Please use this identifier to cite or link to this item:
|Type:||Artigo de periódico|
|Title:||Cross sections, polarization and orientation in electron-impact excitation to Ne-*(2p(5)3p) states|
van Eck, J
|Abstract:||This work reports results from a comprehensive experimental and theoretical study of the electron-impact excitation of some levels belonging to the (2p(5)3p) configuration in neon. We performed electron-polarized photon coincidence experiments for the excitation of the 3p'[3/2](2) 3p[3/2](2), 3p[5/2](2) and 3p[5/2](3) levels in neon where the polarized photon emitted in the Ne*(2p(5)3p) --> Ne*(2p(5)3s) radiative decay was detected in coincidence with the scattered electron. We report experimental results for the Stokes parameters P-i (i = 1,2, 3, 4), for an incident electron energy of E = 80 eV in the electron scattering angular range of 22 degrees-70 degrees, and for E = 50 eV for the angle of 22 degrees, thus supplementing results reported earlier for this energy for the angular range 30 degrees-70 degrees. We also report here theoretical distorted-wave approximation (DWA) and first-order many-body theory (FOMBT) results for the same excitations and electron energies for the integral cross sections (ICSs), for differential cross sections (DCSs). and for Stokes parameters. Our theoretical results are compared with all available experimental results. A detailed discussion and some conclusions with respect to the physics involved in the excitation processes considered here are then presented. We also give a theoretical discussion about the nature of the information that can be obtained about the collision process by analysing the experimental data. In particular, in this study we found both experimentally and numerically that the angular momentum transferred to the target, L-perpendicular to, as a function of electron scattering angle is the same, within experimental error, for the states with total angular momentum J = 2.|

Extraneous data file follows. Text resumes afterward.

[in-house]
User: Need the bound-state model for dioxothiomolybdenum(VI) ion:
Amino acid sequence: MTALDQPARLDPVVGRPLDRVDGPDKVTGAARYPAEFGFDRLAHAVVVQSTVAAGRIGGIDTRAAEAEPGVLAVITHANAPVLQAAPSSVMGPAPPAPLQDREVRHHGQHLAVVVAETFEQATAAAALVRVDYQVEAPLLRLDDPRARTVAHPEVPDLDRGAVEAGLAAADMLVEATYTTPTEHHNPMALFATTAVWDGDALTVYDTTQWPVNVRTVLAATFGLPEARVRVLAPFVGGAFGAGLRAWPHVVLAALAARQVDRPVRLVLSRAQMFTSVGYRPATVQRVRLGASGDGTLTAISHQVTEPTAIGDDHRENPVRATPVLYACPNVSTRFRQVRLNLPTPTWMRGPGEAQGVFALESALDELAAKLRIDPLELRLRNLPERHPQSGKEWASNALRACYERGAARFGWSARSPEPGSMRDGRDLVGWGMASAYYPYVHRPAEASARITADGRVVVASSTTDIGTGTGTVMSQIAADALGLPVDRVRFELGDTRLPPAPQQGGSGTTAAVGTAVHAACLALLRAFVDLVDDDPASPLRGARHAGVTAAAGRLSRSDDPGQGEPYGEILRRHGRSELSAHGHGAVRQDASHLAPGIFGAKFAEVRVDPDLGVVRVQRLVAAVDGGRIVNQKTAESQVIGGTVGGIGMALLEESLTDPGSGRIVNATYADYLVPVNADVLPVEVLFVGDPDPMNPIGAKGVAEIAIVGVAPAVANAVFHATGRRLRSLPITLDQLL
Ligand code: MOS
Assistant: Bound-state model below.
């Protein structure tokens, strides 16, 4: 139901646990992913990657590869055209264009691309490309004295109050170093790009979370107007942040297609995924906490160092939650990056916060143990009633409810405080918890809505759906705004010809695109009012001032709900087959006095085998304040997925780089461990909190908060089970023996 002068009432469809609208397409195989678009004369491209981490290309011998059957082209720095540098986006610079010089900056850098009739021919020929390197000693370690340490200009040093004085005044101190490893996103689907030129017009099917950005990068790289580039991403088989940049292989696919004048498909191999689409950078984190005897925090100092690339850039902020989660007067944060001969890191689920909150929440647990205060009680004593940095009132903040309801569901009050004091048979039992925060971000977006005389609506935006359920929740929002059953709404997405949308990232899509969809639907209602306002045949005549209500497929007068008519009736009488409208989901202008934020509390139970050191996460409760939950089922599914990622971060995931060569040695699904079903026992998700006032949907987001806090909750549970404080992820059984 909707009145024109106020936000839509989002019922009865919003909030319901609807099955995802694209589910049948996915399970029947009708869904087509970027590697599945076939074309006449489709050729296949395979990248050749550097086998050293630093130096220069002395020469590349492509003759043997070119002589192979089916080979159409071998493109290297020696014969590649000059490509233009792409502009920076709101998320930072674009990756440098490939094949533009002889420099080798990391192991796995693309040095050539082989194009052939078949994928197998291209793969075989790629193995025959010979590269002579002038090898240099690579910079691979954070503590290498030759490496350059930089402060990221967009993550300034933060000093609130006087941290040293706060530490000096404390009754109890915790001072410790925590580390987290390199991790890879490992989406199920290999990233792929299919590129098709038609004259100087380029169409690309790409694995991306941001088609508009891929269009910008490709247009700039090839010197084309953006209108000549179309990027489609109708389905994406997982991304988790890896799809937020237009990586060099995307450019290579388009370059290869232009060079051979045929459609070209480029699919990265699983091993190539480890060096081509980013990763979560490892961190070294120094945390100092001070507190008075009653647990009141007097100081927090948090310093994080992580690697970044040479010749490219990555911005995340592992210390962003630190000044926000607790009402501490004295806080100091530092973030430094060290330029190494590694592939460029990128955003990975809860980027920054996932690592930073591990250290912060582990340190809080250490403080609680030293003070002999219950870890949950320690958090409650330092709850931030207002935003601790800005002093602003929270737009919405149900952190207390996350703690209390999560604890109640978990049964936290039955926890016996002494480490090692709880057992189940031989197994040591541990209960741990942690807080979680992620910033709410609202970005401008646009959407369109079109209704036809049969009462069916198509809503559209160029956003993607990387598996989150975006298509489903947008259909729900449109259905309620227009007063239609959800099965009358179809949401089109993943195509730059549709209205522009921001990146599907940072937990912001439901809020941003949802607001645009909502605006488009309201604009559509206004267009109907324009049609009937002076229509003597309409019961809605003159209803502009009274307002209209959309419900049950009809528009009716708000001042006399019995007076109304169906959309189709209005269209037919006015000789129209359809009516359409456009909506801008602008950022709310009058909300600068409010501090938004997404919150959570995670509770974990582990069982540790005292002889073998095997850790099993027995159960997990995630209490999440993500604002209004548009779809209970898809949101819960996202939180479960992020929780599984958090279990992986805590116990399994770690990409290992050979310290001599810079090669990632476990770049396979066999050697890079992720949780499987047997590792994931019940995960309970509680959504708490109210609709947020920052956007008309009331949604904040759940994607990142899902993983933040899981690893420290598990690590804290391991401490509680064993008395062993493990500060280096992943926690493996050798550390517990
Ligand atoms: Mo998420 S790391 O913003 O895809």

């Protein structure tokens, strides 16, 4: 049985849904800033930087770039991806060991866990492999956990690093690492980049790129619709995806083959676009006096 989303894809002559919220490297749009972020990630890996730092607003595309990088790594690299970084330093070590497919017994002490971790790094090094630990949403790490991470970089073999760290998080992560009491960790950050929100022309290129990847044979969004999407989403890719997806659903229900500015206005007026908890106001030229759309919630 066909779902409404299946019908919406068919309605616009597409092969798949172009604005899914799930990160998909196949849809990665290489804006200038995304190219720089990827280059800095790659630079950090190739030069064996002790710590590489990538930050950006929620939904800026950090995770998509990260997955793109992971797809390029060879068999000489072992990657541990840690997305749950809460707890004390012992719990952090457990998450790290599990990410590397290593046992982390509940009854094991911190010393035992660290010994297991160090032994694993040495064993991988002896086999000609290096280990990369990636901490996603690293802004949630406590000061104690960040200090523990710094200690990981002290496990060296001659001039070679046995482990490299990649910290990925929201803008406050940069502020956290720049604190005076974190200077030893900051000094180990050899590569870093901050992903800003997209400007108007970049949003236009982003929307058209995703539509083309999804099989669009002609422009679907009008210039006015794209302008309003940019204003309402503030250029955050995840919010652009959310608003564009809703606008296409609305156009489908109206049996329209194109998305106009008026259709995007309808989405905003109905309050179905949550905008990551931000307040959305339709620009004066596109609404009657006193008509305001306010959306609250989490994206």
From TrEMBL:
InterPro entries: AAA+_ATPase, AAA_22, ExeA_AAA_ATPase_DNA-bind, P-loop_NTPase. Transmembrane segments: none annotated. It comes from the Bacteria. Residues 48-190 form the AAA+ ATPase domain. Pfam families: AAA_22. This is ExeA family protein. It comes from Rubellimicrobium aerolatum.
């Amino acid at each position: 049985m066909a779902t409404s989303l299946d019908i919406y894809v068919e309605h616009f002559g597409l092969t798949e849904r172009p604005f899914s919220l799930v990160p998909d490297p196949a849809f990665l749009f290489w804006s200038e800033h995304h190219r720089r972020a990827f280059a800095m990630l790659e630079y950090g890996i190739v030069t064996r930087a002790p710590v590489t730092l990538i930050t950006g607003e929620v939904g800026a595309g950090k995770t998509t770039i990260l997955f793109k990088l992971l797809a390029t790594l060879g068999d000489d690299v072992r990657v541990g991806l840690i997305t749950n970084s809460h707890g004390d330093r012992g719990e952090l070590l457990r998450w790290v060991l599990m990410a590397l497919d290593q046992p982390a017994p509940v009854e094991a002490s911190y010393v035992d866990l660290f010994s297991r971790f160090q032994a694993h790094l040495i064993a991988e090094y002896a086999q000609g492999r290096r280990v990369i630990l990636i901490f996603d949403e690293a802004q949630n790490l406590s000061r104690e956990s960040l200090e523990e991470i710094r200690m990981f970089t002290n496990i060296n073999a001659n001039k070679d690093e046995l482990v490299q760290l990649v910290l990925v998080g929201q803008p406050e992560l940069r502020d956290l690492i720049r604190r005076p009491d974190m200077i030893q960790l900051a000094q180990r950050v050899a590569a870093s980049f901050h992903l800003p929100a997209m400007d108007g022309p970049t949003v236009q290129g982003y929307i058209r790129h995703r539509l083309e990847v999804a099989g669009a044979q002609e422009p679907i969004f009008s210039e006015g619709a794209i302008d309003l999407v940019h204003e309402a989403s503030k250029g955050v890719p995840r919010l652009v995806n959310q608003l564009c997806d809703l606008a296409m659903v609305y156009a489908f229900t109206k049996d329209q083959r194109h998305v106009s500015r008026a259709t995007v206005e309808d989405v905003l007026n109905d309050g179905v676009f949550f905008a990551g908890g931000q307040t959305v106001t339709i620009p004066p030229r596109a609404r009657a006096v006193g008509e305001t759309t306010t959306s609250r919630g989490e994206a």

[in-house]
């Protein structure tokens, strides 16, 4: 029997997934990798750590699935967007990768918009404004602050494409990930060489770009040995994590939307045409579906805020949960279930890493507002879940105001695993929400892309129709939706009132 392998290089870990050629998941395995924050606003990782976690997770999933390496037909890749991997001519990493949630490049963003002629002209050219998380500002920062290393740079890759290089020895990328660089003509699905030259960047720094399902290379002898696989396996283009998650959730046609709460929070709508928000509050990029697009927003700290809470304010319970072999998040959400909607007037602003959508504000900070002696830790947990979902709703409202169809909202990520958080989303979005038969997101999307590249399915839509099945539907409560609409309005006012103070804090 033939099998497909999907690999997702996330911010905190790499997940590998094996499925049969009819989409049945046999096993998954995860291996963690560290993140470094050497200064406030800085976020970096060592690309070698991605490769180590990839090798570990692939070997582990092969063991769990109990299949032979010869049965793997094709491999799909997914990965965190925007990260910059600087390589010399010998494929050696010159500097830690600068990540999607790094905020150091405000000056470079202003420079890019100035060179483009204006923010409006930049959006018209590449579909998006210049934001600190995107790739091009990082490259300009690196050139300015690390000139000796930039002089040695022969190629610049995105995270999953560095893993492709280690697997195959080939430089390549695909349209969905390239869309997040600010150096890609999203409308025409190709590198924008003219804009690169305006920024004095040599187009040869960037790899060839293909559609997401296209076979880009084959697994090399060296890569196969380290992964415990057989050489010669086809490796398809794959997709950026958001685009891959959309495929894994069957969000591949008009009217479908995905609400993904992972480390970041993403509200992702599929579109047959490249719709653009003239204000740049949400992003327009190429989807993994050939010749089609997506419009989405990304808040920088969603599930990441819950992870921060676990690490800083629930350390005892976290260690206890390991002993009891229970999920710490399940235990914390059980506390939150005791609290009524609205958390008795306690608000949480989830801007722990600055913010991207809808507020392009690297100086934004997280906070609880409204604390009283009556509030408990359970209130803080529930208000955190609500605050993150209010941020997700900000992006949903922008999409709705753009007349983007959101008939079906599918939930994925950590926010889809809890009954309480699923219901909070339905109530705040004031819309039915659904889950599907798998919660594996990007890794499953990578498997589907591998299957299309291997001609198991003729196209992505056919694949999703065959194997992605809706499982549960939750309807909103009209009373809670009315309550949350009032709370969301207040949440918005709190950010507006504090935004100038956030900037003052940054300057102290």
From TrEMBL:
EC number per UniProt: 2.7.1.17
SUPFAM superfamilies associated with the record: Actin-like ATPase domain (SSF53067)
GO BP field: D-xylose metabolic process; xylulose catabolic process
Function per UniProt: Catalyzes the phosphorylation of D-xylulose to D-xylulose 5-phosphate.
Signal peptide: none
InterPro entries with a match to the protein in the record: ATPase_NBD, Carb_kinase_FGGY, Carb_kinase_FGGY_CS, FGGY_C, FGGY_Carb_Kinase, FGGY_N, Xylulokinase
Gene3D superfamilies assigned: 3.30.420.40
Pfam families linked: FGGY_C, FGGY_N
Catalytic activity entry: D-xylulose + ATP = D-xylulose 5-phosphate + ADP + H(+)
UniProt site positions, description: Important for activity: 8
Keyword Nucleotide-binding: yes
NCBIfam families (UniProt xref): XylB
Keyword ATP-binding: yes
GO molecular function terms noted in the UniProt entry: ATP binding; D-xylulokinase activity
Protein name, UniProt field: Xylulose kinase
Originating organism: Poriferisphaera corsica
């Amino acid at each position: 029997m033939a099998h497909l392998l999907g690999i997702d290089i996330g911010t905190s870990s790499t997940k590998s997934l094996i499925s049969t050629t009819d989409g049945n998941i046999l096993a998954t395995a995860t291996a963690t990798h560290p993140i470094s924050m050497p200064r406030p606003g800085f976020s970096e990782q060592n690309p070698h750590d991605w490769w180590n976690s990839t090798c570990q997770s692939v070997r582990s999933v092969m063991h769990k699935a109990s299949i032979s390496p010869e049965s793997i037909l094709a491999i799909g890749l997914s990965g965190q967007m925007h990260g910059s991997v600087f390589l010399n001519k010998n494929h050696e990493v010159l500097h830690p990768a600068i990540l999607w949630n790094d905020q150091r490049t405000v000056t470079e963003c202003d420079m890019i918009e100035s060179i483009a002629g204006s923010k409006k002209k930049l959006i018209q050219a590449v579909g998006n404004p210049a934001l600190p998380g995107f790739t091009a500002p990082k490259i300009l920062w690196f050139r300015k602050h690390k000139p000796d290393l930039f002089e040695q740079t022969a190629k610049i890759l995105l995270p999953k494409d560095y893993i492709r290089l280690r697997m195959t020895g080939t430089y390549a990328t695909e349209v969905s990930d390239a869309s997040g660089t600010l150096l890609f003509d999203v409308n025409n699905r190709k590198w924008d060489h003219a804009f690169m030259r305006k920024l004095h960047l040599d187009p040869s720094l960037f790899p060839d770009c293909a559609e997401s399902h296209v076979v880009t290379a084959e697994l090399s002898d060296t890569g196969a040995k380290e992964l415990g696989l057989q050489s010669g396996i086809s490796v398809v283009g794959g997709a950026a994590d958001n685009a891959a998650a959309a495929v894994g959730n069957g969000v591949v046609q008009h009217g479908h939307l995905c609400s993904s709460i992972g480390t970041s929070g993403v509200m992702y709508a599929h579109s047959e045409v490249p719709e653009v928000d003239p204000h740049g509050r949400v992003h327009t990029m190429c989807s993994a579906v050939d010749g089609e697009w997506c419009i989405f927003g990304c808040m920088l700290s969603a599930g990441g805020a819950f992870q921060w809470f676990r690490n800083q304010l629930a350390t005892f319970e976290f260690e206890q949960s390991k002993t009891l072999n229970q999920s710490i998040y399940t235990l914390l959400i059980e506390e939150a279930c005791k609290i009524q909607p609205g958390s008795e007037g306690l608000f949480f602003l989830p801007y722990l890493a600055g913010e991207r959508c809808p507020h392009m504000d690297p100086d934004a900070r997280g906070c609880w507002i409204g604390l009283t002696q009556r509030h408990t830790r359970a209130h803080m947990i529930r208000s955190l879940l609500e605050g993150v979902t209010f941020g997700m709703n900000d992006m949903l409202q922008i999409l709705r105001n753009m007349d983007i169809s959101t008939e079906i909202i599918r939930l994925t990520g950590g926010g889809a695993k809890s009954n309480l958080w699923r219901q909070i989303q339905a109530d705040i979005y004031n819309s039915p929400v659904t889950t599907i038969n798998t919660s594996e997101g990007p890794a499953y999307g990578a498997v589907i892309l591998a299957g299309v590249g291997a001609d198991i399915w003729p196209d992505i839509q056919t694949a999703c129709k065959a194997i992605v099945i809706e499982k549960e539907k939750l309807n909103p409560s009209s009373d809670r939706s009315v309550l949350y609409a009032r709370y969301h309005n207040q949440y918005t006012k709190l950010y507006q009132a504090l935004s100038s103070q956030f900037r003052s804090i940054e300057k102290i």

|Editor:||Iop Publishing Ltd|
|Appears in Collections:||Unicamp - Artigos e Outros Documentos|
Items in DSpace are protected by copyright, with all rights reserved, unless otherwise indicated.